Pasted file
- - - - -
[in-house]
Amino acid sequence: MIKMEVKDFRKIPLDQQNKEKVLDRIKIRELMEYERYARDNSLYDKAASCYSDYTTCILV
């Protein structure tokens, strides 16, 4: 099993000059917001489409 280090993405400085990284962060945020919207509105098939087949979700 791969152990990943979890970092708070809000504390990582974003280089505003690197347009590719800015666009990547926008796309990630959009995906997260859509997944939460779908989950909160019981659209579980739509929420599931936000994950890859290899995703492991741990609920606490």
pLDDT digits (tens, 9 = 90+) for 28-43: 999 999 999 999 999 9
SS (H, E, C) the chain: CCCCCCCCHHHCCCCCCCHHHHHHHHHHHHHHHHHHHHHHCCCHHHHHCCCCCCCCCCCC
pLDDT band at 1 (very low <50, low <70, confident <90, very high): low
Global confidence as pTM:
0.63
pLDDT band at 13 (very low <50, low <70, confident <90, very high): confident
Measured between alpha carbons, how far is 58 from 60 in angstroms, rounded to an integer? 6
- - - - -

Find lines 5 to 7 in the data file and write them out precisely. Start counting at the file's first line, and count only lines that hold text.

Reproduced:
SS (H, E, C) the chain: CCCCCCCCHHHCCCCCCCHHHHHHHHHHHHHHHHHHHHHHCCCHHHHHCCCCCCCCCCCC
pLDDT band at 1 (very low <50, low <70, confident <90, very high): low
Global confidence as pTM: